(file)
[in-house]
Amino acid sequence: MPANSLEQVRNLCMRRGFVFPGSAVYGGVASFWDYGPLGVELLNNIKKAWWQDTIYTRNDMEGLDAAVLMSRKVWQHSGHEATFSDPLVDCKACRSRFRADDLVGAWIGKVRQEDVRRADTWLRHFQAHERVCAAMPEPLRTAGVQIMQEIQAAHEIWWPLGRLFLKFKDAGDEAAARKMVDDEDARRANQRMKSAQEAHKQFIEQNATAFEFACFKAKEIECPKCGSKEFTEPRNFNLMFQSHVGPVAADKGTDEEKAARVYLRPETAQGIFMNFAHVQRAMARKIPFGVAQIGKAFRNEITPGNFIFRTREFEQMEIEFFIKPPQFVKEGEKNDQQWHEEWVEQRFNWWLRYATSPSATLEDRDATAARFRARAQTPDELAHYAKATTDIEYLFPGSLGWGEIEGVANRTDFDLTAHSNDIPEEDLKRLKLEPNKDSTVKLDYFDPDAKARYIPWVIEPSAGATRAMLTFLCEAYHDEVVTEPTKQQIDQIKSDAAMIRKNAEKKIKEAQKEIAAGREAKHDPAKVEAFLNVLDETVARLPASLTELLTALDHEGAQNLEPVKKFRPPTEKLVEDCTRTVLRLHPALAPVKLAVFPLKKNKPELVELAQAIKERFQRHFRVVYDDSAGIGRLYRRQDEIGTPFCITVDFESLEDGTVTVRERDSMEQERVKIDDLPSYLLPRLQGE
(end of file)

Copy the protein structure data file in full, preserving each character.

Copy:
[in-house]
Amino acid sequence: MPANSLEQVRNLCMRRGFVFPGSAVYGGVASFWDYGPLGVELLNNIKKAWWQDTIYTRNDMEGLDAAVLMSRKVWQHSGHEATFSDPLVDCKACRSRFRADDLVGAWIGKVRQEDVRRADTWLRHFQAHERVCAAMPEPLRTAGVQIMQEIQAAHEIWWPLGRLFLKFKDAGDEAAARKMVDDEDARRANQRMKSAQEAHKQFIEQNATAFEFACFKAKEIECPKCGSKEFTEPRNFNLMFQSHVGPVAADKGTDEEKAARVYLRPETAQGIFMNFAHVQRAMARKIPFGVAQIGKAFRNEITPGNFIFRTREFEQMEIEFFIKPPQFVKEGEKNDQQWHEEWVEQRFNWWLRYATSPSATLEDRDATAARFRARAQTPDELAHYAKATTDIEYLFPGSLGWGEIEGVANRTDFDLTAHSNDIPEEDLKRLKLEPNKDSTVKLDYFDPDAKARYIPWVIEPSAGATRAMLTFLCEAYHDEVVTEPTKQQIDQIKSDAAMIRKNAEKKIKEAQKEIAAGREAKHDPAKVEAFLNVLDETVARLPASLTELLTALDHEGAQNLEPVKKFRPPTEKLVEDCTRTVLRLHPALAPVKLAVFPLKKNKPELVELAQAIKERFQRHFRVVYDDSAGIGRLYRRQDEIGTPFCITVDFESLEDGTVTVRERDSMEQERVKIDDLPSYLLPRLQGE